What is Endshake & How Do We Adjust It?
We’re going over Endshakes for the gear train today. It’s not an easy topic to go over without hawking over you in person. Out of everything I’ve seen, this is probably the simplest and direct explanation of endshake I’ve put out.
Here’s a couple things you need to remember:
WHAT IS ENDSHAKE?
Endshake is the amount of play a part (train wheel, pallet fork, etc.) has between the upper and lower jewels that hold it. Endshake is determined by the play of the top and bottom jewel that holds the part in. Every single watch needs a proper amount of endshake tolerance in order for the watch to run optimally.
TAKE A LOOK AT THIS IMAGE:
Take a look at the red line I’ve drawn at the bottom of these two pivots here. In the first picture, you’ll see that I’ve drawn a red line at the jewel where the pivot goes in. This is our base line for how we measure endshake.
In the second picture, you’ll see that the pivot is now lifted up. I’ve drawn a second red line to demonstrate the endshake/tolerance this specific wheel currently has. The distance between the first red line and the second red line is the amount of endshake this specific wheel has. This is how we check for endshakes for the gear train.
WHAT TO DO IF A WATCH HAS TOO MUCH ENDSHAKE?
Too much endshake will wreck havoc in a watch. It can/will cause a chain reaction to nearby parts and wheels. Too much endshake increases the odds of a part being displaced. If a part is displaced, good luck with your watch running.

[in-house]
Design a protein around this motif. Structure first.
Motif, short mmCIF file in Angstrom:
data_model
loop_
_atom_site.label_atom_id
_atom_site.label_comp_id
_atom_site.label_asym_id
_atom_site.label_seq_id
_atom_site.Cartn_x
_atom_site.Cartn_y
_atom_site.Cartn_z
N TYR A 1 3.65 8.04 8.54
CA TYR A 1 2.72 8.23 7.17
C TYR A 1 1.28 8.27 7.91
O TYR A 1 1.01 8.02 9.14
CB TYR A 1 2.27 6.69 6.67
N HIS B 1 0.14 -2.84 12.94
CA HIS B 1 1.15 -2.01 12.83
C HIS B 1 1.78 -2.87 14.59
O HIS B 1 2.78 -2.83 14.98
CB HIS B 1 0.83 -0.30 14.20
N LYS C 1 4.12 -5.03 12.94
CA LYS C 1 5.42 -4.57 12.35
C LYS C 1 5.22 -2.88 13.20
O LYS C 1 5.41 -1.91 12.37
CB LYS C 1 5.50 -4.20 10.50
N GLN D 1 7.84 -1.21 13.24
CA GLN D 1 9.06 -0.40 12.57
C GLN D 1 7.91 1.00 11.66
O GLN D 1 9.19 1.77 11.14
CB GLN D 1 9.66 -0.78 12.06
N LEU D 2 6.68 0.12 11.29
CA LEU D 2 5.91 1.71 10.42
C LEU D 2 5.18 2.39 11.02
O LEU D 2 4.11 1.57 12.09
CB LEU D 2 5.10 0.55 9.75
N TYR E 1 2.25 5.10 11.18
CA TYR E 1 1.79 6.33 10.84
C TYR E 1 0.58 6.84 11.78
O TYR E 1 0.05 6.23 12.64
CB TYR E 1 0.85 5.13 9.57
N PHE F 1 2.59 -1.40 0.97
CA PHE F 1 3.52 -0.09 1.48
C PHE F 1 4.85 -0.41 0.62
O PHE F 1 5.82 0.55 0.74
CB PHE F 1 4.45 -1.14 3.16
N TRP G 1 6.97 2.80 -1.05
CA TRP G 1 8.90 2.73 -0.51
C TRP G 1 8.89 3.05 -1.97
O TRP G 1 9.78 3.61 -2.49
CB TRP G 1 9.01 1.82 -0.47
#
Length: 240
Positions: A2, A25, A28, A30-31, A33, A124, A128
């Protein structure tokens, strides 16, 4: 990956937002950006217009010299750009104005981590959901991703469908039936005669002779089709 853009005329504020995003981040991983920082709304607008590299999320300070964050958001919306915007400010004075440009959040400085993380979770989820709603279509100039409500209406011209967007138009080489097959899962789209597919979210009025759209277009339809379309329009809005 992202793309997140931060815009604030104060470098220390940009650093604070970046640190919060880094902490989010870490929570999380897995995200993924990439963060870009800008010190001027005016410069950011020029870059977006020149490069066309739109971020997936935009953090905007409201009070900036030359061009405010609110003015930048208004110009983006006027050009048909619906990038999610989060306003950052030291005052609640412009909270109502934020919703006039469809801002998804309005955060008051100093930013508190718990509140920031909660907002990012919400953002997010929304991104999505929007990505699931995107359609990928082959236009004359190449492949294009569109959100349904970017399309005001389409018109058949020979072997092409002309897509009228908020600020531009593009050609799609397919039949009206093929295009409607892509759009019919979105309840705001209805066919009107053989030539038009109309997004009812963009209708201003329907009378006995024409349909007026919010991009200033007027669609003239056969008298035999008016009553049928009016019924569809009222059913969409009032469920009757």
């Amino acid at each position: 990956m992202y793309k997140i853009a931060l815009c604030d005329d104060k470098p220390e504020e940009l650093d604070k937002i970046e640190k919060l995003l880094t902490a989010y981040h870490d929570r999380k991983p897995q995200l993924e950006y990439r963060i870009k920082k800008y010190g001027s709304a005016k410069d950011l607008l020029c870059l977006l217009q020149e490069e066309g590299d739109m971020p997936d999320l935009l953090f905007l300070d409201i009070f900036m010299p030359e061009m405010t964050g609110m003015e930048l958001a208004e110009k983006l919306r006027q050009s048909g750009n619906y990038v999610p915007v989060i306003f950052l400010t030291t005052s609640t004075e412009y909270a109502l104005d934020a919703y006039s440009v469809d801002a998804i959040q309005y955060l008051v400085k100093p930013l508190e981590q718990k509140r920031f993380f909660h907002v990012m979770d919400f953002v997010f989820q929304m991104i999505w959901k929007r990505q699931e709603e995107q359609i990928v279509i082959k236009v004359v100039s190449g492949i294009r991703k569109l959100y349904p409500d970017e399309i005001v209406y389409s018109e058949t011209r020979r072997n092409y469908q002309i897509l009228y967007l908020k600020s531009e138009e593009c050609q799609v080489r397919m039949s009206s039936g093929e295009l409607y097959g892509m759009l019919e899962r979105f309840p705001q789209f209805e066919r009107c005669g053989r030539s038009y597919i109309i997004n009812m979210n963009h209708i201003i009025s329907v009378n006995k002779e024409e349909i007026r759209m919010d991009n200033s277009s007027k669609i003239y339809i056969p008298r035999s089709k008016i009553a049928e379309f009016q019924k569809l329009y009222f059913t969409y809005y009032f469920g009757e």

Often times though, we’ll see that too much endshake grossly affects the meshing of nearby parts. It’s akin to a train track. If we make train tracks too wide, the train will not sync up properly with the tracks for it to run smoothly.
HOW DO WE ADJUST TOO MUCH ENDSHAKE?
To decrease the endshake for a part, you need to adjust the jewels closer to the part in question. By adjusting the jewel closer to the pivot, you’re closing the tolerance that the part has. So if you’re adjusting the upper jewel, you’re closing the distance between the upper jewel to the upper pivot (and vice versa for the lower jewel & lower pivot).
HOW DO WE ADJUST TOO LITTLE ENDSHAKE?
When a part has too little endshake, we need to increase the endshake or else the watch will have functional issues. To increase the endshake, we need to use the Horia tool to push the jewels away from the pivots. This effectively increases the distance and play of the pivots.